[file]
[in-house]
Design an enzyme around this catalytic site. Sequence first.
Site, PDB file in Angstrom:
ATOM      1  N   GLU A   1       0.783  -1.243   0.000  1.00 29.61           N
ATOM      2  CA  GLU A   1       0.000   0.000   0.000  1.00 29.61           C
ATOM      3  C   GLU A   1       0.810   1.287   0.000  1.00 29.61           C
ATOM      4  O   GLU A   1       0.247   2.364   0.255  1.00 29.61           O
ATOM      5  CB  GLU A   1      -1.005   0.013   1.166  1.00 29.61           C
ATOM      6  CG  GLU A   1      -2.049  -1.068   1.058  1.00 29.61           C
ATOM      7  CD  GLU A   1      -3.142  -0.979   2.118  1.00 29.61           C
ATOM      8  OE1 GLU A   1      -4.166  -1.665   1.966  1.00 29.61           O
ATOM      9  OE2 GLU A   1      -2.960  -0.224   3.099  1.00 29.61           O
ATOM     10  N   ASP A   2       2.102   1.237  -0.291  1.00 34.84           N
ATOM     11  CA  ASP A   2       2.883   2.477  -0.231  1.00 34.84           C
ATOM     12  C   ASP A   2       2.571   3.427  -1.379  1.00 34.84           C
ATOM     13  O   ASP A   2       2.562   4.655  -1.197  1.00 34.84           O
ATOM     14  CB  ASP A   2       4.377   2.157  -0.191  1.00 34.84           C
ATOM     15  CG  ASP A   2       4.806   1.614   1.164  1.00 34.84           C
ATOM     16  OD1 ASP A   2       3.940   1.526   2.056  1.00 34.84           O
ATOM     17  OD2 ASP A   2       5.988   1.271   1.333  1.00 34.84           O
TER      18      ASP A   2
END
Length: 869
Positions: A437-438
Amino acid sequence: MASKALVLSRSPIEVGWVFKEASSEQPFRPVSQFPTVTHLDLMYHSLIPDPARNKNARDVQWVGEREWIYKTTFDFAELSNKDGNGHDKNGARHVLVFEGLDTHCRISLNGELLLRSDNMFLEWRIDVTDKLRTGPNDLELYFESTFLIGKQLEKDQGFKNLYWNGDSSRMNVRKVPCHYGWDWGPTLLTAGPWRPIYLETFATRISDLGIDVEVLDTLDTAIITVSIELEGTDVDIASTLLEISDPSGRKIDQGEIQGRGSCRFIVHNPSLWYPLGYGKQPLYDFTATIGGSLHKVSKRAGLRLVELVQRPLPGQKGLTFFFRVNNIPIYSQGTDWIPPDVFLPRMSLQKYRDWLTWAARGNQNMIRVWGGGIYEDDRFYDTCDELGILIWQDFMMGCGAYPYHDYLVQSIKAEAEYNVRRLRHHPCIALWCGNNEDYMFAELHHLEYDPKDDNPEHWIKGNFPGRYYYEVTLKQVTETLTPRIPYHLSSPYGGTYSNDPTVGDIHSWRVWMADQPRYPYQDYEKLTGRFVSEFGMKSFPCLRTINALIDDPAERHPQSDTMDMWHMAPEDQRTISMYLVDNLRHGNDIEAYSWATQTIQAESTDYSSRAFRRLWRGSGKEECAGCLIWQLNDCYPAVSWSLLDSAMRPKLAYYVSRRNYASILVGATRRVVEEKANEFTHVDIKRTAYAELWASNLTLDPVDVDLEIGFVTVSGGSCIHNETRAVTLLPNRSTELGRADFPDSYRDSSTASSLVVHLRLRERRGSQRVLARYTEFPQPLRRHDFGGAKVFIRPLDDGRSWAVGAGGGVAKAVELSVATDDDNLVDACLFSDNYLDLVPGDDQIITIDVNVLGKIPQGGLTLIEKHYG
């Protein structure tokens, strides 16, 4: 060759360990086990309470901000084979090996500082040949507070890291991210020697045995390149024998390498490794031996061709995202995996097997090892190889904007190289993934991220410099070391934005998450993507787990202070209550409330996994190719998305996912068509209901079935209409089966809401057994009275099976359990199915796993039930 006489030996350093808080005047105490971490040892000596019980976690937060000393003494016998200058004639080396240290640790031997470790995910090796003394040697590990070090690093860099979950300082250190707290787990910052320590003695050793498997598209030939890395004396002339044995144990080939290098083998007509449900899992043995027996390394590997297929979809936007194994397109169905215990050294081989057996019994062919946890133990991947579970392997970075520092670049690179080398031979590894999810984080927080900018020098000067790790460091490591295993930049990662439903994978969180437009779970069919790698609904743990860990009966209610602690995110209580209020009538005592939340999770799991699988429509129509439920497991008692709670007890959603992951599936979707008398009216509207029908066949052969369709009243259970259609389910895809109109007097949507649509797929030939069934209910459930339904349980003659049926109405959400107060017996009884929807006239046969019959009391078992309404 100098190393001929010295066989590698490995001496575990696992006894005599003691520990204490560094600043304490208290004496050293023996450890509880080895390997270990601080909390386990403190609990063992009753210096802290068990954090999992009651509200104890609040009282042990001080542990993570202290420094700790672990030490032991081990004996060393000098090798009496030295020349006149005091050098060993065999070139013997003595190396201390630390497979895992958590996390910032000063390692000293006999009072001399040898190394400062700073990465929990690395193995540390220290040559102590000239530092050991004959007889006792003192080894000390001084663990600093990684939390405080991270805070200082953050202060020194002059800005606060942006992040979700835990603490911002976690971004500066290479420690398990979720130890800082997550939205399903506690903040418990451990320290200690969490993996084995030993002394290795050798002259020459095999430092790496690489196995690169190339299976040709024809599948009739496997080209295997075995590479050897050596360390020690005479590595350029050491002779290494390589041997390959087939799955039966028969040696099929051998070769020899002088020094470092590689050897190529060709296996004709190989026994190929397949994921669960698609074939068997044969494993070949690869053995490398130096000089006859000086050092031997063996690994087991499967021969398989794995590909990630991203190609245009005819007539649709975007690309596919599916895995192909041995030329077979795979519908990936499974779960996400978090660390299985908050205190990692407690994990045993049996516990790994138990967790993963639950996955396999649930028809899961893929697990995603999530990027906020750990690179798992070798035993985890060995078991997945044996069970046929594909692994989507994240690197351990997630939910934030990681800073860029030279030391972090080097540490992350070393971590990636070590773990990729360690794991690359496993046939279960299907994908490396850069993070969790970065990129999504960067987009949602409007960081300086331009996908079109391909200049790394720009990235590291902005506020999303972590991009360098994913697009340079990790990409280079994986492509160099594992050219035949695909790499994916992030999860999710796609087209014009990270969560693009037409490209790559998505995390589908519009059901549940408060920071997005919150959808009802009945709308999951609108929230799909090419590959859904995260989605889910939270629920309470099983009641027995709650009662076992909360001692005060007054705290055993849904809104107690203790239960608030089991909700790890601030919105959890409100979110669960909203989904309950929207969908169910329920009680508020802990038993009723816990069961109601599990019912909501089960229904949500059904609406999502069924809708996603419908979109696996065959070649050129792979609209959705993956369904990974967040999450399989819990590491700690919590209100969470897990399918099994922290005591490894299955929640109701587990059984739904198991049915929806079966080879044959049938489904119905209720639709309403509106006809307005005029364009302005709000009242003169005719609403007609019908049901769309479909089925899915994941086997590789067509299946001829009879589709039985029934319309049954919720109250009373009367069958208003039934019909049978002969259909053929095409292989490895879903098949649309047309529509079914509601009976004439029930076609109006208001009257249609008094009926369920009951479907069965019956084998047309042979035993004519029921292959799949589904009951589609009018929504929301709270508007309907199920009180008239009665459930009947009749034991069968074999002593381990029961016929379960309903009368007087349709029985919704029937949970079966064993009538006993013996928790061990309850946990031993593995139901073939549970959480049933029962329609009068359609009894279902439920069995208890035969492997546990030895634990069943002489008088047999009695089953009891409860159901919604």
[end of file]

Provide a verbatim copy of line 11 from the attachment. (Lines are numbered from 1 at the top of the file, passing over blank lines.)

ATOM      8  OE1 GLU A   1      -4.166  -1.665   1.966  1.00 29.61           O